Makes me sick to my stomach hearing what goes on in Thailand to those poor elephants. People who pay for these treks should think about what the elephants go through. They are wild animals they can’t just submit to humans without being restrained and abused. Stop encouraging these businesses people.

  • Michelle commented on February 7, 2016 at 7:06 pm

    Enough is enough. Animals need protecting, not exploiting!

  • Christine Thompson commented on February 7, 2016 at 7:26 pm

    All the while tourists ignore the awful treatment of these majestic creatures, just so they can ride their backs the business will continue. I couldn’t even visit such a country however beautiful, as any animal cruelty is just unacceptable in my mind. Who are we as humans to abuse any animal for our own benefit, sadly I can see no end to the plight of elephants in Thailand, or any other animal for that matter. My heart bleeds for them all.

    • z commented on February 12, 2016 at 2:15 pm

      i thouhght they were sacred in thialand this is so dissapointing

      • rocco frangione commented on July 27, 2016 at 1:58 pm

        nothing is sacred when it comes to money

  • paul cole commented on February 7, 2016 at 8:18 pm

    wild animals belong in the wild or sanctuaries no where else, most people are too ignorant, selfish, or cruel to treat a wild animal with the respect and care they require and deserve.

  • Lynne Parfitt commented on February 7, 2016 at 9:18 pm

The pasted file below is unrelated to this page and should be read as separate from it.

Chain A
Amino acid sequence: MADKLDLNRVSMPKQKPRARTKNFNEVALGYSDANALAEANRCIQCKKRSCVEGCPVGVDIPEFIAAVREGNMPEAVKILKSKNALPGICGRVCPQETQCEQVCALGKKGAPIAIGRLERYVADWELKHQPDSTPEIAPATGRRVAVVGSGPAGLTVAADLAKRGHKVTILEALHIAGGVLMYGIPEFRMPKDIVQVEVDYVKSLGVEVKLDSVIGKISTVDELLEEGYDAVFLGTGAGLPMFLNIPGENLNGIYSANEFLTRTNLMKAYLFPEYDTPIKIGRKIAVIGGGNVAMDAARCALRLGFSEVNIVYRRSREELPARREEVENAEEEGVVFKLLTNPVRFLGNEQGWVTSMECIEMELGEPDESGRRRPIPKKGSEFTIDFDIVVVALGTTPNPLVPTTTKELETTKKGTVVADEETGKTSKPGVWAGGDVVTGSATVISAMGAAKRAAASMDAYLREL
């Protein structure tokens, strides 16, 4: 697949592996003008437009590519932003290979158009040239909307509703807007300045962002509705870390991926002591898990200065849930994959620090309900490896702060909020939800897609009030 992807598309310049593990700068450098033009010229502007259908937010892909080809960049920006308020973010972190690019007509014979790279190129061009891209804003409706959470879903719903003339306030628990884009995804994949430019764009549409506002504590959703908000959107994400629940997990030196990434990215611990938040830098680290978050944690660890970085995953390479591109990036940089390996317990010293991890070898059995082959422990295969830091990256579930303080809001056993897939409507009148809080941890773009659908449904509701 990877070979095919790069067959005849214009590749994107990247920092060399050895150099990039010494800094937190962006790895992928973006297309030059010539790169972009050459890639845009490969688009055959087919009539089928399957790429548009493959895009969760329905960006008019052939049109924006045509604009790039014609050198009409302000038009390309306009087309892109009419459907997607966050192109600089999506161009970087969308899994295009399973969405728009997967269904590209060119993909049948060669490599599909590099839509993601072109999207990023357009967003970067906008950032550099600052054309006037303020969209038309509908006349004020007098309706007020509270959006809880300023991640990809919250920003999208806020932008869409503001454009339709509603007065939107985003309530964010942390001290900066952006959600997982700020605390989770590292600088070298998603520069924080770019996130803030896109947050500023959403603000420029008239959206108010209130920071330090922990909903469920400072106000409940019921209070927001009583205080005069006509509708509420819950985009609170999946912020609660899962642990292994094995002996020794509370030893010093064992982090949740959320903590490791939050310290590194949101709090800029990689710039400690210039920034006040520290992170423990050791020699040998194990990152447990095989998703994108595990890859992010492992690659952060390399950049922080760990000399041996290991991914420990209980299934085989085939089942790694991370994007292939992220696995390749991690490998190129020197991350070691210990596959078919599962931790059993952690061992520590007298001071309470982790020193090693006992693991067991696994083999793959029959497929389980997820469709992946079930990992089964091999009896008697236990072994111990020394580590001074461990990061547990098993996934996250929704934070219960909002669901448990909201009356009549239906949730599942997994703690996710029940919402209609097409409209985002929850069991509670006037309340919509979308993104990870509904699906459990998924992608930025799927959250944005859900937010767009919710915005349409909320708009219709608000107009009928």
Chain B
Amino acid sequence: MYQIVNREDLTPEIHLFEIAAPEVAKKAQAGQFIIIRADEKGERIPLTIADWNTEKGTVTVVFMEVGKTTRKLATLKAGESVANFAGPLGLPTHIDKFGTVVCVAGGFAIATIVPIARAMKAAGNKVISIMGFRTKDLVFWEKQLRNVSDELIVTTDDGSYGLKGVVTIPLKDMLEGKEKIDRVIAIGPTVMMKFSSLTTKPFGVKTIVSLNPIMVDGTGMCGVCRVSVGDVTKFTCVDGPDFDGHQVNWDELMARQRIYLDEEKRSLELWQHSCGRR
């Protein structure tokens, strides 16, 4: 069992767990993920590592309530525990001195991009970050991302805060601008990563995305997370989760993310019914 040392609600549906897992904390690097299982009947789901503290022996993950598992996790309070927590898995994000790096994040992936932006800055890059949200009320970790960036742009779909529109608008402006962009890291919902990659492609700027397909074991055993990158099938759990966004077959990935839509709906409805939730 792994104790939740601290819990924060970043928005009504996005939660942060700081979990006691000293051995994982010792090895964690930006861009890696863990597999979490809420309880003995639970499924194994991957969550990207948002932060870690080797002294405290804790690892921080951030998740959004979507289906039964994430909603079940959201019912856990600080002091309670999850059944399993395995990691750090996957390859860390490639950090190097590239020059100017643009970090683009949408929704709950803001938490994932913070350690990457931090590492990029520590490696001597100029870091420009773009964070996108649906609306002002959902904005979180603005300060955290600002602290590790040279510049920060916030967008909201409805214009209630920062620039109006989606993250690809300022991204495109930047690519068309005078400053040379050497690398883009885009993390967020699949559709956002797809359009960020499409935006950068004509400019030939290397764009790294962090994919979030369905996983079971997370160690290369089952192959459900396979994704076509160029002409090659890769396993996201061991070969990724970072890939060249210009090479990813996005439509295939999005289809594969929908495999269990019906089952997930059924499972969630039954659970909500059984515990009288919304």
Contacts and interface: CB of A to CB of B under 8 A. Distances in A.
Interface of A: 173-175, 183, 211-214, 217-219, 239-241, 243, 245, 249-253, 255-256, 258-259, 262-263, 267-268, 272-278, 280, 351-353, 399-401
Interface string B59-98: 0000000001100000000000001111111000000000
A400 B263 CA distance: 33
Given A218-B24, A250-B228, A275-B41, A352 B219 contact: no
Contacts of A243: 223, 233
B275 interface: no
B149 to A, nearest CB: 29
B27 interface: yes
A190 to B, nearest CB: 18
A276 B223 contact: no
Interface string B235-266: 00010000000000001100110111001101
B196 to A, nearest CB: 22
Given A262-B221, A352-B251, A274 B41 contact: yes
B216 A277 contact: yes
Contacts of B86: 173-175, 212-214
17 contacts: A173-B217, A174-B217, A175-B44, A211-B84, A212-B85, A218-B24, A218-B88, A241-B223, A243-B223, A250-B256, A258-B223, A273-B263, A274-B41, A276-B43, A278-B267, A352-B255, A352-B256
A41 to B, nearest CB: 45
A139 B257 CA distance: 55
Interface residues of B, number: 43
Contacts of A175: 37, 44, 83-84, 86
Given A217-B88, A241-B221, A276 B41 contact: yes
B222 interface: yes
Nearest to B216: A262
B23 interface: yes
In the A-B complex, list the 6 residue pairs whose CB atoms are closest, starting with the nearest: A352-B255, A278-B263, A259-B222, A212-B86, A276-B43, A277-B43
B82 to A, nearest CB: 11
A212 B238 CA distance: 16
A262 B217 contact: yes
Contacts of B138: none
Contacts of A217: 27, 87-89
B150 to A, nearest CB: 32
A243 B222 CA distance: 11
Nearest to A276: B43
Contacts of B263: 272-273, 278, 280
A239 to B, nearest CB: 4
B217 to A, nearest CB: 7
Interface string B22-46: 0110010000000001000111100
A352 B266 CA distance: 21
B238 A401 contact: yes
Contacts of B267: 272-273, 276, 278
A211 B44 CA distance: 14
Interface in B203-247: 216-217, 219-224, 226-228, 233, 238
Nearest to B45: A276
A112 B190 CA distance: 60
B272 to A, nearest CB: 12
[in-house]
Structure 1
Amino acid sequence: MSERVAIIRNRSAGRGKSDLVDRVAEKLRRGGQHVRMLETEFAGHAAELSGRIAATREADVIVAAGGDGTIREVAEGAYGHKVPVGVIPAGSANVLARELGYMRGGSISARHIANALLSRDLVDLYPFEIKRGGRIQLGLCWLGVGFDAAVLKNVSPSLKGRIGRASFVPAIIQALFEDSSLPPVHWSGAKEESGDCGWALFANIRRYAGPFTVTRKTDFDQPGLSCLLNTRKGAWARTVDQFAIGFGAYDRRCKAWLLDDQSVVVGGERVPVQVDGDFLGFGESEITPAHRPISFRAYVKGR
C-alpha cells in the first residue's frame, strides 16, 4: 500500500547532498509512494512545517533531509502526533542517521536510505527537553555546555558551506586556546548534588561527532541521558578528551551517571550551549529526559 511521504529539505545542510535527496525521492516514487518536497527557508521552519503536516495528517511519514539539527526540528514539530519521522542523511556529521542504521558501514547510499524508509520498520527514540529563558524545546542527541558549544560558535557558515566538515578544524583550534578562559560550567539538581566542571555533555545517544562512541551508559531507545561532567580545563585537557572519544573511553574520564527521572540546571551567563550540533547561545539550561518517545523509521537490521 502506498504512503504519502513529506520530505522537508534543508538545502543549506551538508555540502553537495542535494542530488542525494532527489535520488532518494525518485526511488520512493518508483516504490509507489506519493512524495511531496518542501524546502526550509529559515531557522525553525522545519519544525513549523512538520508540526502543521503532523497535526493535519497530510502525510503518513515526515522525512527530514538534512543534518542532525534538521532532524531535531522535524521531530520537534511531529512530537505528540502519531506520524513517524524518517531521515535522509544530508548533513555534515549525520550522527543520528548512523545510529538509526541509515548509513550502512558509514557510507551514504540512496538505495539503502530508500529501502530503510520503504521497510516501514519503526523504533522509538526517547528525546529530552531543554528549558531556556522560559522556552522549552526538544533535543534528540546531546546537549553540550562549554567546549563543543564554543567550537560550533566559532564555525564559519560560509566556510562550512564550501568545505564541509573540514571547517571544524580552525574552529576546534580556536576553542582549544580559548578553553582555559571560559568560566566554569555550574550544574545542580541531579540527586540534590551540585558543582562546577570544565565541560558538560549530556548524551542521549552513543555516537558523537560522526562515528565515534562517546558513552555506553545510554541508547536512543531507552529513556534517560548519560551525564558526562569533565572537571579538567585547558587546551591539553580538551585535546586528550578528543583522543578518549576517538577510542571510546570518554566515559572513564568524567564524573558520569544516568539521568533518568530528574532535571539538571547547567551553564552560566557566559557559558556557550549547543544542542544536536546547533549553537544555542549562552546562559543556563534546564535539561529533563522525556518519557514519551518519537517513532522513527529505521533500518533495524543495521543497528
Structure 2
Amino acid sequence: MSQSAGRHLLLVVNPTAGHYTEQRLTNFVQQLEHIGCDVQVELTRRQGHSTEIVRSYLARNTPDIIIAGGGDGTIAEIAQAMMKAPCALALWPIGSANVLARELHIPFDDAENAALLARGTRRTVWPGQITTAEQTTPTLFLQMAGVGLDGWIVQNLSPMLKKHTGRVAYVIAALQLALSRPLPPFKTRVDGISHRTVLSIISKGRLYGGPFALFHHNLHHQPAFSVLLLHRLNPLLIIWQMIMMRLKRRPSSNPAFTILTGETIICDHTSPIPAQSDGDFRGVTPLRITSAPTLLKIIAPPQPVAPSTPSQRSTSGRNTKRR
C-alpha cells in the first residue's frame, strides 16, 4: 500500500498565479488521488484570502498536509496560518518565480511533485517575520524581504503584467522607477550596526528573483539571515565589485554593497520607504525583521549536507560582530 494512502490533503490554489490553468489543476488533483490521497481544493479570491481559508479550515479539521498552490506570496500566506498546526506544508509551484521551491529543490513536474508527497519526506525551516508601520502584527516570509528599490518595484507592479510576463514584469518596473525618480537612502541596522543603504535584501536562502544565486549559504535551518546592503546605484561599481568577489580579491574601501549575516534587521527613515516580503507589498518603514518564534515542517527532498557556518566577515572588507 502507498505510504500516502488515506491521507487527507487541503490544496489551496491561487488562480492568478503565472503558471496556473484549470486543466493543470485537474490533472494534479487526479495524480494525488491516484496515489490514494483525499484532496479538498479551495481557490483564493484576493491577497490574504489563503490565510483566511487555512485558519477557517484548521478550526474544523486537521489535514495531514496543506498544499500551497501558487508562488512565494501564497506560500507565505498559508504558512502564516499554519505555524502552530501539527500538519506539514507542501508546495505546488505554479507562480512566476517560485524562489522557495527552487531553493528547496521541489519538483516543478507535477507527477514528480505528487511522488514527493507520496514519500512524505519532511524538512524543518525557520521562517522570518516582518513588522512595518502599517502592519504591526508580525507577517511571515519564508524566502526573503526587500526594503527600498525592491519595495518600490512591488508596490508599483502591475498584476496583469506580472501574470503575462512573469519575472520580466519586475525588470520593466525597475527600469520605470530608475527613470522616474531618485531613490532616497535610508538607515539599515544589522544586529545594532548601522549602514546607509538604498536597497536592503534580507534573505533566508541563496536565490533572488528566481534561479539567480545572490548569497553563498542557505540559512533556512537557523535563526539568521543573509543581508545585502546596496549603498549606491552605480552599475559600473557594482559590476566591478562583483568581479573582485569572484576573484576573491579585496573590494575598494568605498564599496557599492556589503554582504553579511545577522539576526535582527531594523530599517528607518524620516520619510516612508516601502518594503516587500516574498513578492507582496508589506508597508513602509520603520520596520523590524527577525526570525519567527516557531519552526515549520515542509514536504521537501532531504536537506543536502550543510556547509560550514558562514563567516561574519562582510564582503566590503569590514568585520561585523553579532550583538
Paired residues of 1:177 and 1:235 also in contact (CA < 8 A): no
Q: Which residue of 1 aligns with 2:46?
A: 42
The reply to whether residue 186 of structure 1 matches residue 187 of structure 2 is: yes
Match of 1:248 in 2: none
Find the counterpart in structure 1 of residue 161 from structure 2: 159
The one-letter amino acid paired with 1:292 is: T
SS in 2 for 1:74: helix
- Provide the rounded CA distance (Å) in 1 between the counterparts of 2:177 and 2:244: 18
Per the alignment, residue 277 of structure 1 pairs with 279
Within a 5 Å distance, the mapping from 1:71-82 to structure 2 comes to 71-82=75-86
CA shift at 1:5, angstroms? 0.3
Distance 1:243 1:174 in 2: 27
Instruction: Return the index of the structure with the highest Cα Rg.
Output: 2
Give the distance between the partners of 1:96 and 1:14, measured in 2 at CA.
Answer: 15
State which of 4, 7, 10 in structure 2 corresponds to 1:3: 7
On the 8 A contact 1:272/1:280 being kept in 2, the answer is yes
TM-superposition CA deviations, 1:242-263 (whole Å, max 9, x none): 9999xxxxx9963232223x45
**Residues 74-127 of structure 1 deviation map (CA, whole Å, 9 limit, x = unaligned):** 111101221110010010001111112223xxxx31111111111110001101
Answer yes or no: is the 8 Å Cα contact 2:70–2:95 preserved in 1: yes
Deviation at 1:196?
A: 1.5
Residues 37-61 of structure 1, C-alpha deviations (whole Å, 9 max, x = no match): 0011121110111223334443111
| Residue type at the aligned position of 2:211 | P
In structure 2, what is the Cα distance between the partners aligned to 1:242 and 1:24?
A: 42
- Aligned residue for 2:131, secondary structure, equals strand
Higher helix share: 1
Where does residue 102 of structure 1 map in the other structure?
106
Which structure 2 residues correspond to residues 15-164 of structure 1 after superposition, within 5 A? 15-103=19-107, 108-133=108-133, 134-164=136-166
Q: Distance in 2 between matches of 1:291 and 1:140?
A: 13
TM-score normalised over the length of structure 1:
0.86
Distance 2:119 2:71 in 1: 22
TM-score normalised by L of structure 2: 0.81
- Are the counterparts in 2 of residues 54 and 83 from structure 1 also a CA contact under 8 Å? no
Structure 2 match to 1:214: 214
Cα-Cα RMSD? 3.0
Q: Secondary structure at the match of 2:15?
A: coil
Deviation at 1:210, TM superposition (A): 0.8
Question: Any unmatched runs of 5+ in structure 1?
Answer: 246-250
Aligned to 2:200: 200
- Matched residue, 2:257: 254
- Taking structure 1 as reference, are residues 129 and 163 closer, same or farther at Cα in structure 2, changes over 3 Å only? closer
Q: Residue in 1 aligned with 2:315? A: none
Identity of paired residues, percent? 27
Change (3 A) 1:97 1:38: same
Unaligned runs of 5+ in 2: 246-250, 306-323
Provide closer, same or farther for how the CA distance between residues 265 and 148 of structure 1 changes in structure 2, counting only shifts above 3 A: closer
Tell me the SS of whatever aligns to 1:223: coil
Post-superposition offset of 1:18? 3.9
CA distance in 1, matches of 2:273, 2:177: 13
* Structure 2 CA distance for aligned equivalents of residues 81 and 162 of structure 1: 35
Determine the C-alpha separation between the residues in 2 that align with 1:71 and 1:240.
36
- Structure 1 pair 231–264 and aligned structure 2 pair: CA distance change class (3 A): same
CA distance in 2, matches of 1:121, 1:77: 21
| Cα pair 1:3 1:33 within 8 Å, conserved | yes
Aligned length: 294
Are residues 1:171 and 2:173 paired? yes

Hi ,
    I have just returned from Thailand .. various resorts in Krabi. … khao Lak and Phuket .. There are Elephant trekking easily available and advertised at EVERY tourist information and hotel foyer .. the reviews for most of these places are not good anyway and if you did your homework as most tourists do these days you would avoid but the rock and a hard place exists because without the tourists the elephants will
    starve !
    Most peoples perceptions of captive animals has greatly changed and the option of seeing the Elephants at a rescue or ethical centre is much more rewarding but the price of half a day trekking at £30 pp to a half day at a conservation or rescue at £120 pp is why the trekking still exists !
    If only these trekking camps would realise that tourists would still pay for half a day for an ‘elephant experience ‘ no trekking just being able to walk with them , river bathe with them and feed them it would be a much better existence for the elephants and a more ethical encounter for tourists ! If only the trekking camps could be persuaded ! I really wanted to do this without the trekking but NO. camp would ! It had to be trekking which I refuse to do ! I did manage to feed an elephant at the roadside and watch a bathing from a distance .. I would have gladly paid to be a part of it !!